Sunday, August 15, 2021

Navigating Water Routes, Exploring Canada, and a Little piece of Home: Into Regina

Today the Trans Canada Trail presented us with a familiar challenge - around 20 km of hiking on the extremely busy and dangerous highway 56, followed by a 47 km stretch of water trail on the Qu'Appelle River, after which the land trail picked up again and headed straight south down gravel roads for around 45 km into Regina.  When previously confronted with sections of water trail, which we lack the watercraft to paddle, we've either walked our own route around them, gotten a ride to the other end, or taken a bus around them and picked up the land trail on the other side.  In this case we were very fortunate to get a ride from Mike, who very kindly and patiently gave us and all our ungainly gear a ride from Fort Qu'Appelle to the point where the land trail picked up again and lead us into Regina.

As we loaded our mountain of gear into his trunk a group of ladies recognized us from a local newspaper article which had just been published and excitedly wished us the best of luck and offered us their copy of the paper as a keepsake!  Their act of kindness and supportive words meant the world to us this morning!

During the ride we met an interesting, intelligent and elegant young lady who moved to Yorkton three years ago from India.  She had lots of questions about the hike, and could appreciate wanting to see the country.  She told us she meets lots of people in the restaurant where she works who are cycling or motor biking across the country, but never anyone who walks.  She could appreciate our desire not to trek on the busy highway as it is the most nerve-wracking part of her day which she has to walk on her way to and from work.  She was on her way to Victoria, BC today, which was part of her ongoing explorations of the country.  It was amazing to hear her speak about India, which to us sounds exotic and exciting, and then to see her enthusiasm for discovering and learning about Canada.  It reminded us of the value of seeing places with new eyes, and coming to love and appreciate the landscapes we are privileged to inhabit.  Her tale of moving across the world to see and live in Canada is of course not a new one or unique to her. However we are both always amazed by the shear bravery of those who leaving their home nation, their culture and all that is familiar behind.  How amazing Canada is to inspire so many to make the venture!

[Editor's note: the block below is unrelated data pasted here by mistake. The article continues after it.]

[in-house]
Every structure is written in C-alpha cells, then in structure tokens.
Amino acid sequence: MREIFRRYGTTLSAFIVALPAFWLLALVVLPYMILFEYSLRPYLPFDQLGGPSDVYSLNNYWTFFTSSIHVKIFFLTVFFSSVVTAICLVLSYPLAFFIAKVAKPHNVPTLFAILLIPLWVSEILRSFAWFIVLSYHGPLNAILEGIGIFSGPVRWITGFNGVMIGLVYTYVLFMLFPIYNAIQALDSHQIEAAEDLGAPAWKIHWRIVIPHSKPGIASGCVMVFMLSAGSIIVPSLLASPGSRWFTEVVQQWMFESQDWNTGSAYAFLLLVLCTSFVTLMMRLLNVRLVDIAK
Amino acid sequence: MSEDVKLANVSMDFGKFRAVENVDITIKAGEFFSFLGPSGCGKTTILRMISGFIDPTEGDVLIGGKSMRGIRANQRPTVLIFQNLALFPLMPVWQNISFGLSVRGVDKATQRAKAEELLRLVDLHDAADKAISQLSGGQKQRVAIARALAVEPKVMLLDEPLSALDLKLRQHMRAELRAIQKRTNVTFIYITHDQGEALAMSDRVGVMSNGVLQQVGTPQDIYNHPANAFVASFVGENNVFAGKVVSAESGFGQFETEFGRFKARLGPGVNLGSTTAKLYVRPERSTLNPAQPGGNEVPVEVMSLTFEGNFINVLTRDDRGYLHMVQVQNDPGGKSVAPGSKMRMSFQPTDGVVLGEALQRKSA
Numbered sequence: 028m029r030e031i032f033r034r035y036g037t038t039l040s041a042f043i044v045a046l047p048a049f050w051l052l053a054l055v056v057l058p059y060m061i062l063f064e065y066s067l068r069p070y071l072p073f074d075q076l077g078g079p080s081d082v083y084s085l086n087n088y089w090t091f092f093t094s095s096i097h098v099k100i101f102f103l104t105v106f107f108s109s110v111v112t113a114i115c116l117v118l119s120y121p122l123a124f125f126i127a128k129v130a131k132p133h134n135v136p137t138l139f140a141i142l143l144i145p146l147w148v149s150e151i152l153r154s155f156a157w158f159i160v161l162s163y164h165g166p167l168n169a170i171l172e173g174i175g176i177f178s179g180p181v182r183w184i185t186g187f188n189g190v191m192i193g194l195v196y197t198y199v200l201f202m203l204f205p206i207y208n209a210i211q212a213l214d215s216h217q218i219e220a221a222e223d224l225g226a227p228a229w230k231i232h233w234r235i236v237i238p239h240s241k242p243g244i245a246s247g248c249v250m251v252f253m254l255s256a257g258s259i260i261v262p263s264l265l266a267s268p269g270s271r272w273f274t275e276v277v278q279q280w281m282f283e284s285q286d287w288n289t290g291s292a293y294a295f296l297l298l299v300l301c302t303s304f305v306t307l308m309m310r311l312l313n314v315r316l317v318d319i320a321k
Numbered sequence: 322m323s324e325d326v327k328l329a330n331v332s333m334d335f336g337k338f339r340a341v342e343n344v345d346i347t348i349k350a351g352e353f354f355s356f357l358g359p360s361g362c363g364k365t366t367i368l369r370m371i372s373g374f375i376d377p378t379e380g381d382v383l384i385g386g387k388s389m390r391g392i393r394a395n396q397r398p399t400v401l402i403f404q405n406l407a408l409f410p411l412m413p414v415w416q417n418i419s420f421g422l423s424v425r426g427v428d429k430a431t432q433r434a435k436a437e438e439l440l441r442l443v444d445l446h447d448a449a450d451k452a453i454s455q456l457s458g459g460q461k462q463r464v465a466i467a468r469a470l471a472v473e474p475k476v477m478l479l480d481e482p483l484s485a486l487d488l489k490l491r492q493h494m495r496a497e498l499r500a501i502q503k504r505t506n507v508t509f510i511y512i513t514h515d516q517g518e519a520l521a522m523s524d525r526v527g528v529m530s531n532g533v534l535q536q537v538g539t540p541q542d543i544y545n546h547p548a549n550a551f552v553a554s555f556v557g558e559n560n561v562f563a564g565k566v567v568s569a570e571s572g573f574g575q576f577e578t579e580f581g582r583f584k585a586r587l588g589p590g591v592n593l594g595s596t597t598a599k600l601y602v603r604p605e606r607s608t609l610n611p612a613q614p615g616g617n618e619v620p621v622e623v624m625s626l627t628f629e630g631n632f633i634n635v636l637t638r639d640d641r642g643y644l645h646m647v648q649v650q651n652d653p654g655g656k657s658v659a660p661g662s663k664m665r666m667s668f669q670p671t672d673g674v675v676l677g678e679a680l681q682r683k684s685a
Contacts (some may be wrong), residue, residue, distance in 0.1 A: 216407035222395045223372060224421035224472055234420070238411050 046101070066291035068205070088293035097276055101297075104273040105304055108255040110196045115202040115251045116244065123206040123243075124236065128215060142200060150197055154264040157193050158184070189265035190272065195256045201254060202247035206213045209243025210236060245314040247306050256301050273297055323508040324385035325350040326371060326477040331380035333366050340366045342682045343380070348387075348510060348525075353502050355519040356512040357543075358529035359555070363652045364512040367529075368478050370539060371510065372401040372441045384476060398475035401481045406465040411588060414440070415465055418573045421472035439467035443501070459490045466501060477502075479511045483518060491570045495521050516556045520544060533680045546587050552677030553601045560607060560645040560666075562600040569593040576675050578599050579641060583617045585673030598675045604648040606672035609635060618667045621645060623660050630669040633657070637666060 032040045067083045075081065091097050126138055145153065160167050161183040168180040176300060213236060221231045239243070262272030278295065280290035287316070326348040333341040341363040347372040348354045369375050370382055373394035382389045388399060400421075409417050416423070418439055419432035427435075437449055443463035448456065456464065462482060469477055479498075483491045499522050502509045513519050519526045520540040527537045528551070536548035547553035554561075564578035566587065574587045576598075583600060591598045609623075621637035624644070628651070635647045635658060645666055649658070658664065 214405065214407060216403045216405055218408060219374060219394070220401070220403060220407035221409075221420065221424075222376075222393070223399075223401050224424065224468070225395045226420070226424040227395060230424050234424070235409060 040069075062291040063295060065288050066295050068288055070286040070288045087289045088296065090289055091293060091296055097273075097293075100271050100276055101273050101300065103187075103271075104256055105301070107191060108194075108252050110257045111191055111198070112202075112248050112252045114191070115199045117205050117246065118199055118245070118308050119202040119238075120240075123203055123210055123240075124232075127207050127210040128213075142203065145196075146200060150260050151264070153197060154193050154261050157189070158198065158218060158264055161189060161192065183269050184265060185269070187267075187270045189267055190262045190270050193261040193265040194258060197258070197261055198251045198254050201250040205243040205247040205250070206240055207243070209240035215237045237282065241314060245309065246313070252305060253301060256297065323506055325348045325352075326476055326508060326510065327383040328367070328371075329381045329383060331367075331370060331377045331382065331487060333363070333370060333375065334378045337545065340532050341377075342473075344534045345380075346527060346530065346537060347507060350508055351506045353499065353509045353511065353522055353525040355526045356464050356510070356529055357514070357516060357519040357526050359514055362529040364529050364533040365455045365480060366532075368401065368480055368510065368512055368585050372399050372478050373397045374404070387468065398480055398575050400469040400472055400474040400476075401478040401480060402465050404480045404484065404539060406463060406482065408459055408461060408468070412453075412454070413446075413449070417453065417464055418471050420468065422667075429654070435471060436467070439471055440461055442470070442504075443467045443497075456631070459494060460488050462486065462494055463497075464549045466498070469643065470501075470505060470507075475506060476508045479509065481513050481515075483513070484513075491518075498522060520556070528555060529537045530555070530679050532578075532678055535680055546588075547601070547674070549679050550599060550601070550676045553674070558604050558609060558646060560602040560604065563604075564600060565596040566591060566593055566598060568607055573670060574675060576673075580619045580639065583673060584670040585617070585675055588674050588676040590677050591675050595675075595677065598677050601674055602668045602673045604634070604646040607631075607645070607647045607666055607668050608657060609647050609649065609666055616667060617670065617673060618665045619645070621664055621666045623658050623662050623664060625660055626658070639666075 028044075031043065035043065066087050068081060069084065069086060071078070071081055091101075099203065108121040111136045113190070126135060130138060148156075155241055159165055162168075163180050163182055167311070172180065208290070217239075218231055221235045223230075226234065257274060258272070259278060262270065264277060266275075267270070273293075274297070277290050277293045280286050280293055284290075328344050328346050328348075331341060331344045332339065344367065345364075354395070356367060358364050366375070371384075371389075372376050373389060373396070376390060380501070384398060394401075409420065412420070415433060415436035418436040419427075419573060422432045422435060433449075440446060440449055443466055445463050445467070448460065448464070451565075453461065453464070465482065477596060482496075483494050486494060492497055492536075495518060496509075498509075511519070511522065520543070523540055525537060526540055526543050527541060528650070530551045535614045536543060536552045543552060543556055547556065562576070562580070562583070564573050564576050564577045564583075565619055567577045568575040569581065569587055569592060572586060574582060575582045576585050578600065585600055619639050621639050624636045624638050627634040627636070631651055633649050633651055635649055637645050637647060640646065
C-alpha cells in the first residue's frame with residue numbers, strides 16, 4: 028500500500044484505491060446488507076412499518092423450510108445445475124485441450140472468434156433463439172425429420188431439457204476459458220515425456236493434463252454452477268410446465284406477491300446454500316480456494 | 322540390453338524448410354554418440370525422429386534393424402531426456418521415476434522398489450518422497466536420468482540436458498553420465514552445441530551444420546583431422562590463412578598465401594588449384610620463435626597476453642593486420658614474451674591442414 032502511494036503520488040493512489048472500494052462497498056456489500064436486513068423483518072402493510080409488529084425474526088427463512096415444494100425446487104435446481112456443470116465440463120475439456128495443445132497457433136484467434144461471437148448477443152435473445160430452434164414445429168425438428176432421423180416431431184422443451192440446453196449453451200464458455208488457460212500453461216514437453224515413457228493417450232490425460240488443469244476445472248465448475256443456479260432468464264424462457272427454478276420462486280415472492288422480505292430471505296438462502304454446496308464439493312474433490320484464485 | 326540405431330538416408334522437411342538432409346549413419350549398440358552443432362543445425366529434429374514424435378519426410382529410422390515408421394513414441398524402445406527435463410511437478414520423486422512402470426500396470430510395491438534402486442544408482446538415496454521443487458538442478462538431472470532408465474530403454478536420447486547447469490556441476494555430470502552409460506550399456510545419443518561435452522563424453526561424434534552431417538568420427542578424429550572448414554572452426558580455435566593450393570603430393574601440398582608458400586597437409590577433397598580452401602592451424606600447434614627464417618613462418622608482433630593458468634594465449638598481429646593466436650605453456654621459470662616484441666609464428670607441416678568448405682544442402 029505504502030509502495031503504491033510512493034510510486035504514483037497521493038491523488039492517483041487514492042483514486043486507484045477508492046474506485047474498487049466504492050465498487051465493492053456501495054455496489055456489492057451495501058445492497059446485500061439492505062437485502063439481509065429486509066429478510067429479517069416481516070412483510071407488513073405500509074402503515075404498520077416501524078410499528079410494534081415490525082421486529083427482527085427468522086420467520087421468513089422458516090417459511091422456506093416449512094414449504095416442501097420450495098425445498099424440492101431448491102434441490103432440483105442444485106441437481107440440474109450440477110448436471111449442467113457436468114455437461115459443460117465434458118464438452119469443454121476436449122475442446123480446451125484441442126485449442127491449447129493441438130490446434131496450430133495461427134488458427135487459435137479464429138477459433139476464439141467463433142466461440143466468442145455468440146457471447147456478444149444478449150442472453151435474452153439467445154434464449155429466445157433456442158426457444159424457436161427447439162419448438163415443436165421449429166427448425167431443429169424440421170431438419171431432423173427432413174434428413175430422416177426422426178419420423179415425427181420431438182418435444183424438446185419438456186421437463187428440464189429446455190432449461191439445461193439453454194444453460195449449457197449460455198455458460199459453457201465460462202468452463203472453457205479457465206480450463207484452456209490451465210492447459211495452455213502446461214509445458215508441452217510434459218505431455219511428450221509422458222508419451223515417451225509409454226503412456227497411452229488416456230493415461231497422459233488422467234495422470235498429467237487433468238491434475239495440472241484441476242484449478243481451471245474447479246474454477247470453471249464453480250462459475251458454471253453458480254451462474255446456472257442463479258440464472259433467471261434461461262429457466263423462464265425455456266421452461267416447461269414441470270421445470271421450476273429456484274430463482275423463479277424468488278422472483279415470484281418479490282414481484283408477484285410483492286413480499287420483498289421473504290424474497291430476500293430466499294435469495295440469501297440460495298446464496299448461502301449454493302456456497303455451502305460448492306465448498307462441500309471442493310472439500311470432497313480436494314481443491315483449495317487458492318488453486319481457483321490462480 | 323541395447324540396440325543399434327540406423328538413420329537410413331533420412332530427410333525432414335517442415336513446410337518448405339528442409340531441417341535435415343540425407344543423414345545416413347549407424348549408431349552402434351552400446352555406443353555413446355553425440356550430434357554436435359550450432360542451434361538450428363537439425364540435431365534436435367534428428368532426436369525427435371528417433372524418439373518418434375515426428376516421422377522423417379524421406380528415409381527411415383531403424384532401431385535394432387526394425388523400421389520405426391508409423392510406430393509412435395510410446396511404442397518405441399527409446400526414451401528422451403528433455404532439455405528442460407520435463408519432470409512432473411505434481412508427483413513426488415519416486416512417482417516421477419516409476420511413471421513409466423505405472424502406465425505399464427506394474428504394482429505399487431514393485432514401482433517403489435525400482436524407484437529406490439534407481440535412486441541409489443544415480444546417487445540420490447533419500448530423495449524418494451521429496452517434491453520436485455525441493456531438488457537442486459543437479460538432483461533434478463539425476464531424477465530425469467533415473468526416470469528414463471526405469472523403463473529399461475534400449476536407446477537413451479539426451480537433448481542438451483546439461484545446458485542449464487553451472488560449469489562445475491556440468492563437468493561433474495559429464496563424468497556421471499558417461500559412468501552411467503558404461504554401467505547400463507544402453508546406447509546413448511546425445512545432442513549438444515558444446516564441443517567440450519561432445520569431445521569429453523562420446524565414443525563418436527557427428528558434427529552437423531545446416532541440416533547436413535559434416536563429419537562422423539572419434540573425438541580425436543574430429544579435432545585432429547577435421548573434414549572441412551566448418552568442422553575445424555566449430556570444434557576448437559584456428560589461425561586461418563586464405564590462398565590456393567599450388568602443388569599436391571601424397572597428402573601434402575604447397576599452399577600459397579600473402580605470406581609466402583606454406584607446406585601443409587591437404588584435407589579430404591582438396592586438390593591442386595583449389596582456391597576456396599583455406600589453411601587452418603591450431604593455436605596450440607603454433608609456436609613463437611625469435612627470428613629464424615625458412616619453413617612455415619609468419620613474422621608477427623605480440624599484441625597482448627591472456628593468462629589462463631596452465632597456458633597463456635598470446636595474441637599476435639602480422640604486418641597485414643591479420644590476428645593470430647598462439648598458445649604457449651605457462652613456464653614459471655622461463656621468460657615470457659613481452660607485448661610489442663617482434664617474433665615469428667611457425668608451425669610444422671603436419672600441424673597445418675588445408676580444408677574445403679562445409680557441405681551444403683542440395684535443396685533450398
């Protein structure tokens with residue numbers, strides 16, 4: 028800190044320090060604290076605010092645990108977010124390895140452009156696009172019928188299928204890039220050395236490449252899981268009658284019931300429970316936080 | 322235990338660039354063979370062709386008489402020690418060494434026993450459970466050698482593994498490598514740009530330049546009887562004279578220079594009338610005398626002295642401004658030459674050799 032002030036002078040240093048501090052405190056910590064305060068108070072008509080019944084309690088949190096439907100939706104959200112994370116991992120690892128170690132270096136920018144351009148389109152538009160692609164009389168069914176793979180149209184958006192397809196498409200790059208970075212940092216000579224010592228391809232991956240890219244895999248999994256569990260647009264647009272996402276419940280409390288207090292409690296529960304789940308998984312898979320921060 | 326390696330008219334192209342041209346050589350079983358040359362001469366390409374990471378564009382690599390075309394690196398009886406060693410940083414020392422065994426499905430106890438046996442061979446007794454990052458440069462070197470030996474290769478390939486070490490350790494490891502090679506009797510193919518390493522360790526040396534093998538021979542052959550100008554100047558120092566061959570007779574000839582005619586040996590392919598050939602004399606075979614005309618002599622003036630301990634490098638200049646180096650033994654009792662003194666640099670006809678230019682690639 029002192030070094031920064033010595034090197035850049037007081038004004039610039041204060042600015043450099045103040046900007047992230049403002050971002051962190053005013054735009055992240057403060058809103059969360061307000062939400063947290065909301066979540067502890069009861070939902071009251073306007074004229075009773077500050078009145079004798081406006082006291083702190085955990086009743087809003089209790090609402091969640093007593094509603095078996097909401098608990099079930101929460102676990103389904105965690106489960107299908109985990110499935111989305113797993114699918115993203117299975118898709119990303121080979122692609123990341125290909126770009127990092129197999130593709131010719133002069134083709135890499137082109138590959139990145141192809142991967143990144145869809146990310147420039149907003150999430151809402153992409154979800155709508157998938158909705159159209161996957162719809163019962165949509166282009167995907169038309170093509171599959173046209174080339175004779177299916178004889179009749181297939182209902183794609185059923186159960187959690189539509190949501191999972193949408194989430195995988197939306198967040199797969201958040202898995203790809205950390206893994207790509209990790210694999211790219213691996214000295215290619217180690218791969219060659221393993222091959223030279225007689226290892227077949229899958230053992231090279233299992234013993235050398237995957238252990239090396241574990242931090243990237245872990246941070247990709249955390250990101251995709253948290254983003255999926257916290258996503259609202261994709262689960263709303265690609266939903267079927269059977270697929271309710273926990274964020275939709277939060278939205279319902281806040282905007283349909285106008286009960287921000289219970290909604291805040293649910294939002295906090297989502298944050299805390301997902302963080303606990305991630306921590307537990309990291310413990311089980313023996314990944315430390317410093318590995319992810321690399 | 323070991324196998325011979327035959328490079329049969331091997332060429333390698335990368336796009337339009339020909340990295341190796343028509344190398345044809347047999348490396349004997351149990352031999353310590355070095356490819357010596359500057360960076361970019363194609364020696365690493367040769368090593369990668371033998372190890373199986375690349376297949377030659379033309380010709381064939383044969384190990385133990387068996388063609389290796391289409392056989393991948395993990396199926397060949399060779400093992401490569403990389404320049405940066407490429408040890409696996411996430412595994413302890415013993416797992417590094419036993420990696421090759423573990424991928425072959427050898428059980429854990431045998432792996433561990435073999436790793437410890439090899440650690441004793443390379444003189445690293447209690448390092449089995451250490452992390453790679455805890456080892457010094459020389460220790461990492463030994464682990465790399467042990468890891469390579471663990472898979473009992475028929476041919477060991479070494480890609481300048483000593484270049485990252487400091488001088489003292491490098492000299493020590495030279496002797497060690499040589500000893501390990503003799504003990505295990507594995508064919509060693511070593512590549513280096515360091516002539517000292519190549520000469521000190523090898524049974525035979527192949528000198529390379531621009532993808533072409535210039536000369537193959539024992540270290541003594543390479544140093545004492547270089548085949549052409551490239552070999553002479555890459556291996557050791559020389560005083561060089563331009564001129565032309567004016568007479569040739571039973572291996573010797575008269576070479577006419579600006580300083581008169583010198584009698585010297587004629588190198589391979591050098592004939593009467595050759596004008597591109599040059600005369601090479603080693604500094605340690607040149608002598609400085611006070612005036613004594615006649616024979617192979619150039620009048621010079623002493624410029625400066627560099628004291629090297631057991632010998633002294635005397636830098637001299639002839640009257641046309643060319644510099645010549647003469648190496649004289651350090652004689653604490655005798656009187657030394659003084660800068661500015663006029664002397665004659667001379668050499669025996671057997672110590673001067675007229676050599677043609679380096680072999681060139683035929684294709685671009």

After being dropped off on the trail we began walking along a quiet gravel concession road.  It was a very hot morning with only a slight breeze, and as we walked between the fields of grain and hay there was very little shade.  As in the valley, about half the fields seemed to have been harvested already, while the other half were still waiting, their golden grains standing tall.  Small flocks of sparrows moved about in the fields, searching for grain and insects, and we spotted a few groups of Western Meadowlarks as well.  In truth having trekked more than 1000 km in 2021 on concessions and roadways today’s focus was on getting into Regina.  Not even, construction, re-routes, or the heat was going to stop us today!   Having spent the better part of the day trekking through these fields and pulling ourselves through the heat we were grateful to see the outline of the capital city on the horizon.


As we approached Regina we could begin to feel the presence of the city even before we could see it rising above the fields.  We scurried across a busy highway, and we could hear the traffic speeding past on it for some time.  As we finally turned west we had the Trans Canada Highway to our left, and we could see the occasional service station across the fields.